For first-time anglers and those looking for lunker rainbows and browns, this section has a lot to offer. A great way to explore and fish this area is by hiring the services of a guide or a drift boat service. Both can be arranged by contacting Hunters Angling Supply in North Conway at (603) 356-6000 or Moose Jaw Guide Service in Randolph at (603) 466-5179.
Additional information about fishing conditions on the river as well as information about angling supplies can be obtained by contacting the L.L. Cote Sports Shop on Main Street in Errol at (603) 482-7777. Lodging is available at Log Haven Campground (603/482-3294) or at the Errol Motel (603/482-3256), both in Errol.
Upper Connecticut River No matter what species of trout or what type of water the angler is looking for, it will be found on the Connecticut River, especially in the stretches between the three Connecticut Lakes and Lake Francis in Pittsburg and within the no-kill section above North Stratford. There is plenty of excellent trout water elsewhere between these areas, but public access can be a problem despite both banks being paralleled by major highways.
Between Third and Second lakes, the upper Connecticut is rather small, cold and clear, and it is bordered by alders and black spruce. In fact, it appears to be more of a brook than a river. Except where the river actually borders Route 3, it receives very little fishing pressure compared to downstream sections, which is unfortunate. While the section is difficult for flyfishermen, anglers with a can of worms and a short spinning rod will find large numbers of native brookies in dark, protected pools and riffles.
Downstream from Second Lake, the tailrace and river to First Lake is kept cool and well oxygenated by water released 40 feet below the dam. Because of this, brook trout are a good possibility here even during the heat of summer. From the dam downstream to the bridge on Magalloway Road, fly-fishing-only and catch-and-release are the rule, but below the bridge, the bag limit is two brook trout. Downstream from First Lake, the river is larger, with a continuous series of pools, rapids and riffles that support impressive numbers of mayflies, caddis and stoneflies. This is especially true downstream from Perry Stream, which swells and enriches the river. This stretch is restricted to fly-fishing-only primarily for brook trout with a two-fish limit and a 12-inch minimum length limit. This stretch is best accessed via the River Road, which leaves Route 3 south of First Lake.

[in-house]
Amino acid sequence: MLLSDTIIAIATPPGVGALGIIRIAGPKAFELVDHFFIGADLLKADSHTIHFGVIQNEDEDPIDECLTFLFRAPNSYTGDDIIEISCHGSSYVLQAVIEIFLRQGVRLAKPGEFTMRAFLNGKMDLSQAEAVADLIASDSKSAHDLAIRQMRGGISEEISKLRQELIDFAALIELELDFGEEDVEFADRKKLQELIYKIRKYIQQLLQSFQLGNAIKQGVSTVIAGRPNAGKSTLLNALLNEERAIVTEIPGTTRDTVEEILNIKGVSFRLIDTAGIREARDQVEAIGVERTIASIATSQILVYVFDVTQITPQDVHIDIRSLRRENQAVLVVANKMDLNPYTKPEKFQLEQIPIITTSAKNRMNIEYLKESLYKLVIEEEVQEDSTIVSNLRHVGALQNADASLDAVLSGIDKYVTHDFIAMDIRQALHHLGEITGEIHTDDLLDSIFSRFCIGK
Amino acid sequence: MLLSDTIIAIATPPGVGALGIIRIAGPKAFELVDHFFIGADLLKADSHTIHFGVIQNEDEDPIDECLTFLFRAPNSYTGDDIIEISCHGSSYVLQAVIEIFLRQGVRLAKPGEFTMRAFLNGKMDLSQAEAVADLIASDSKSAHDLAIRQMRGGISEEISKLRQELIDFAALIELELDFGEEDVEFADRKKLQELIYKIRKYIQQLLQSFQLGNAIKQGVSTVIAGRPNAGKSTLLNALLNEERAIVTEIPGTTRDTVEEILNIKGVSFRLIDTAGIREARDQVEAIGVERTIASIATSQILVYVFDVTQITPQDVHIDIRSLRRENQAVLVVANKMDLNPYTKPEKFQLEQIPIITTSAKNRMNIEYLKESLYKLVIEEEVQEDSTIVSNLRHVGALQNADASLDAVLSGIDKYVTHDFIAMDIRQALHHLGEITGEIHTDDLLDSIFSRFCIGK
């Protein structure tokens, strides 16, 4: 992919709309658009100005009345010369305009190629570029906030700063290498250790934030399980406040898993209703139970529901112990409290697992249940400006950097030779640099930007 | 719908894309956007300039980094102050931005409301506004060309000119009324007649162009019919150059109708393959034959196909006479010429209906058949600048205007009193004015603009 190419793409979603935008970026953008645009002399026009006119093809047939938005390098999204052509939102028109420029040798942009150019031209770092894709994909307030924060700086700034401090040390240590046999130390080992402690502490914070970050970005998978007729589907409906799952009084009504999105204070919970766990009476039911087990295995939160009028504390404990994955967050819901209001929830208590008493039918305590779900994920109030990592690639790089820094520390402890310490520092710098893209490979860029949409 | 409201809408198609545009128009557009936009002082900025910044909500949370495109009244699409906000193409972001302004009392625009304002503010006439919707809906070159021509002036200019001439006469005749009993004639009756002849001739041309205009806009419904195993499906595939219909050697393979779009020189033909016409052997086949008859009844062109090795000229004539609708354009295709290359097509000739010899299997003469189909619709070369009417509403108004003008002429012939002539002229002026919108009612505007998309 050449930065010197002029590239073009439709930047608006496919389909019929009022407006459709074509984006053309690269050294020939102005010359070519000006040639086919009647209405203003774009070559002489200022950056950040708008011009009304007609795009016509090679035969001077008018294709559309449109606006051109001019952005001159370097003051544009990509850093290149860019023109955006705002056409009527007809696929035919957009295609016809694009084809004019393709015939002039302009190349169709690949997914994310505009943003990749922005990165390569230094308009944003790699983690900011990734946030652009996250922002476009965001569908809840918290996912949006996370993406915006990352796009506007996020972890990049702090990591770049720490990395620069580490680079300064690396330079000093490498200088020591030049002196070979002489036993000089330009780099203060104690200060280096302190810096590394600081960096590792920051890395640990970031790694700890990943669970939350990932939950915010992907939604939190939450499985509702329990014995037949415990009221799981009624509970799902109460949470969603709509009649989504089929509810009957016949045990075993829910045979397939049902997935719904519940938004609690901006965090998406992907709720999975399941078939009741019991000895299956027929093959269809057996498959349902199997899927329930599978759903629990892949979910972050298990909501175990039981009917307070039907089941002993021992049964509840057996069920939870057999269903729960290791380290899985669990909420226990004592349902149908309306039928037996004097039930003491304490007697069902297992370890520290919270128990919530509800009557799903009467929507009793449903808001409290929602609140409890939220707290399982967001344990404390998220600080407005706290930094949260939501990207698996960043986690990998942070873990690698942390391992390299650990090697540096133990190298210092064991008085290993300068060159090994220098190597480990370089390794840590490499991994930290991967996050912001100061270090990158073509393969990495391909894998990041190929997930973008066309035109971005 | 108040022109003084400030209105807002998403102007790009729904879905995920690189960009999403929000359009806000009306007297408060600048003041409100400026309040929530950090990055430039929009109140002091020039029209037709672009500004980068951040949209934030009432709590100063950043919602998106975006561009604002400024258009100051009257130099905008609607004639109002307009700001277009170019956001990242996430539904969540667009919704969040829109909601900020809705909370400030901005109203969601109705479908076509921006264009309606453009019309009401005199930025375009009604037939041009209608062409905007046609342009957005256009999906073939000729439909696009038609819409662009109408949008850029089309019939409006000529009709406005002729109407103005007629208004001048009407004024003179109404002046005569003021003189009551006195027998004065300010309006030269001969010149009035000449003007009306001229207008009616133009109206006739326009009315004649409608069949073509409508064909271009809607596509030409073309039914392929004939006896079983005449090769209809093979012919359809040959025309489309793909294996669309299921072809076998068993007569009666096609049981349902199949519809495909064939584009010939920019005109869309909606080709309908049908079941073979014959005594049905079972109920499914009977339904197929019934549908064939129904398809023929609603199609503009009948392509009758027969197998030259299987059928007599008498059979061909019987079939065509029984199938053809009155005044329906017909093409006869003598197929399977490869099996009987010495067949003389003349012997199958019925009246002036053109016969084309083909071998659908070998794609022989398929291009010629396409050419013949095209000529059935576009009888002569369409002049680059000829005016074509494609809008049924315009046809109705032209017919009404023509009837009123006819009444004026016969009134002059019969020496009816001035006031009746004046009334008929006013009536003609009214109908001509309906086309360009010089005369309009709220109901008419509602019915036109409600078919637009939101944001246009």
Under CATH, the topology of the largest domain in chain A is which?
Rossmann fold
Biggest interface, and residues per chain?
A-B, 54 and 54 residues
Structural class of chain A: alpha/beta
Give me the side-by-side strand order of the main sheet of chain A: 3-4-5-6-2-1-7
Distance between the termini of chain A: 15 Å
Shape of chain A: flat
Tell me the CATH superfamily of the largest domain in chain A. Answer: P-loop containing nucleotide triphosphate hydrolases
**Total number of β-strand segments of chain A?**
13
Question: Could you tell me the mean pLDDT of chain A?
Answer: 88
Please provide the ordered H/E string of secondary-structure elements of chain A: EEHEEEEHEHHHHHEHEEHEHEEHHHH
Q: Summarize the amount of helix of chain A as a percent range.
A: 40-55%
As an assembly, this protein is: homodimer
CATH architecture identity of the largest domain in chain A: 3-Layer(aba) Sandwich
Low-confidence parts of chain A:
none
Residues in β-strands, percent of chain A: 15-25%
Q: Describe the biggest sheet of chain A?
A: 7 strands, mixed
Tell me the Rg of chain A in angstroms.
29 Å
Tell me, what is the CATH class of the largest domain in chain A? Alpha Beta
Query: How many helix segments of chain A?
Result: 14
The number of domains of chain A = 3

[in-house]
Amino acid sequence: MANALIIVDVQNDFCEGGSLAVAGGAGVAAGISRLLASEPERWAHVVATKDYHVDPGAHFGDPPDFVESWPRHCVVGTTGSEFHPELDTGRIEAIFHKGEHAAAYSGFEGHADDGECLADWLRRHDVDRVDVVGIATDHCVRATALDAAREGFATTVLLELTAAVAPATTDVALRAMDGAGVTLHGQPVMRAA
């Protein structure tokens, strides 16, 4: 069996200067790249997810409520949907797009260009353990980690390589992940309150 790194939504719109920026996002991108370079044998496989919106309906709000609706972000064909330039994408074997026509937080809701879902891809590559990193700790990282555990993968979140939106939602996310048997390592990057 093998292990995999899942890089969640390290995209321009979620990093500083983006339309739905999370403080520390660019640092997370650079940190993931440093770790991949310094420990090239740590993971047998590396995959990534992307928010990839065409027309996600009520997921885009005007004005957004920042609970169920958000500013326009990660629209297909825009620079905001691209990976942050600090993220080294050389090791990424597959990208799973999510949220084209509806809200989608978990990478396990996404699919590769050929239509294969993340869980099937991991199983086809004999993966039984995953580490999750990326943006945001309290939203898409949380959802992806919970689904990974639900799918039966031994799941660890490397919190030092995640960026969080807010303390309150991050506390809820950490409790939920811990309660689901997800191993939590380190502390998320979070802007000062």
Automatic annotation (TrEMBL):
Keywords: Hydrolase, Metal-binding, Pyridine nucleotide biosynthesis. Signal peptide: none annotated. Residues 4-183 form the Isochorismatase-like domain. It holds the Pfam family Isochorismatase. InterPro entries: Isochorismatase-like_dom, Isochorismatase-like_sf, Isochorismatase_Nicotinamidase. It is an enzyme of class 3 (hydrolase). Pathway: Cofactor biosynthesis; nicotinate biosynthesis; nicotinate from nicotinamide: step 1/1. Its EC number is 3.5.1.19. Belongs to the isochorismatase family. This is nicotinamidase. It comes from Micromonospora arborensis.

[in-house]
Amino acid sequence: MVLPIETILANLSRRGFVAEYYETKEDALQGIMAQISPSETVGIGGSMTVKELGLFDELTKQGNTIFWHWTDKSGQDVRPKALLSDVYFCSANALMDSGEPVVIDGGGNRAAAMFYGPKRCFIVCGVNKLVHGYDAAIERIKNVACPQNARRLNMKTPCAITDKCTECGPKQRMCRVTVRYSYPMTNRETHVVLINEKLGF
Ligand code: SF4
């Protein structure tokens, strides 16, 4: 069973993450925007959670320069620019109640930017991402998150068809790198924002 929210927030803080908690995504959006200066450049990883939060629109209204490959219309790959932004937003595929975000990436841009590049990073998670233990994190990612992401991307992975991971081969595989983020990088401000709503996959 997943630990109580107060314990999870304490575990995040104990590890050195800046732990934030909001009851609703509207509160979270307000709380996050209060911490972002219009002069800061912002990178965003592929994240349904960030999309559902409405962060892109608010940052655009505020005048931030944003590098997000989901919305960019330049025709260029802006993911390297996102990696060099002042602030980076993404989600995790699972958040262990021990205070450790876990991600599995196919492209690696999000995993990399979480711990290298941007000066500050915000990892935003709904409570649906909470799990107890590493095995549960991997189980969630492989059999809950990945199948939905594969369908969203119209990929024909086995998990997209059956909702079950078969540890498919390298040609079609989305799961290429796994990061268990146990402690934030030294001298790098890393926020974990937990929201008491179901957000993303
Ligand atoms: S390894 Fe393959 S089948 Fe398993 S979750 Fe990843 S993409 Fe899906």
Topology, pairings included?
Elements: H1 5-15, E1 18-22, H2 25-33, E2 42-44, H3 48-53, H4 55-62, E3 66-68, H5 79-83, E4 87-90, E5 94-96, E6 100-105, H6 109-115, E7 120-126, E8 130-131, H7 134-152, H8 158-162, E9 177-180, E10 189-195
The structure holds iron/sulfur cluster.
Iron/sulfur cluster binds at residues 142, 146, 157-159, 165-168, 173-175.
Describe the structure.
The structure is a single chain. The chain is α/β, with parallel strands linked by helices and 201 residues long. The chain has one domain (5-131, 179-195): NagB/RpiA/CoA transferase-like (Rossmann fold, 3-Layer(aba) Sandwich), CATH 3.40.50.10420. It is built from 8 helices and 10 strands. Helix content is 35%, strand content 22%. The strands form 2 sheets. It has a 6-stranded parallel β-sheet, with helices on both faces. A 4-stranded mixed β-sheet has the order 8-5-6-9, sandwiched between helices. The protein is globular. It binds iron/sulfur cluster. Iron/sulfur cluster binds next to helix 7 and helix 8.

Anglers should not visit this area of the upper Connecticut and not dedicate some time to the water below Murphy Dam in Pittsburg, which holds back Lake Francis. Water is released some 60 feet below the dam, resulting in a highly productive tailrace fishery for monster brown trout. The state-record brown trout, which weighed more than 16 pounds, was caught there back in 1975, and the area continues to produce lunker fish. The 30-mile stretch from Pittsburg to West Stewartstown downstream to Colebrook features fast riffles and pools, all of which are open to fishing with flies and lures. This stretch of the upper Connecticut is easily accessible from Route 3, although anglers may have more trouble finding access points below Pittsburg.
The special no-kill stretch in Stratford begins 1,600 feet above the bridge in Stratford and runs upstream to 250 feet below the Lyman Falls Dam in North Stratford. This is bigger water, and though many areas are best fished from canoes and small boats, careful wading is possible in many areas. The entire stretch, which is noted for its big browns, is limited to barbless hooks and artificial lures and flies only, and all fish must be released.
For information on lodging, tackle shops and other services in this area, contact the North Country Chamber of Commerce at (603) 237-8939.
VERMONT Vermont trout hunters can always find fish in July, but the 10-mile stretch of the Lamoille River between Wolcott and Morrisville is worthy of special note. The stretch has some of the finest trout water in north-central Vermont, and each year it produces some lunker browns and rainbows. It is open to fishing with any tackle and is easily accessible along Route 15.
The Green River enters the Lamoille from the north about midway between Wolcott and Morrisville and even in July runs cool because of water released f
rom the Green River Reservoir. The river offers excellent angling for brookies, rainbows and some wary, trophy-sized browns, particularly the 2 1/2-mile stretch downstream from Garland to Route 15, where access is by foot and not always easy.
For more information on these two Green Mountain State trout waters, contact the Vermont Fish and Wildlife Department, 103 South St., 10 South, Waterbury, VT 05671; or call (802) 241-3700.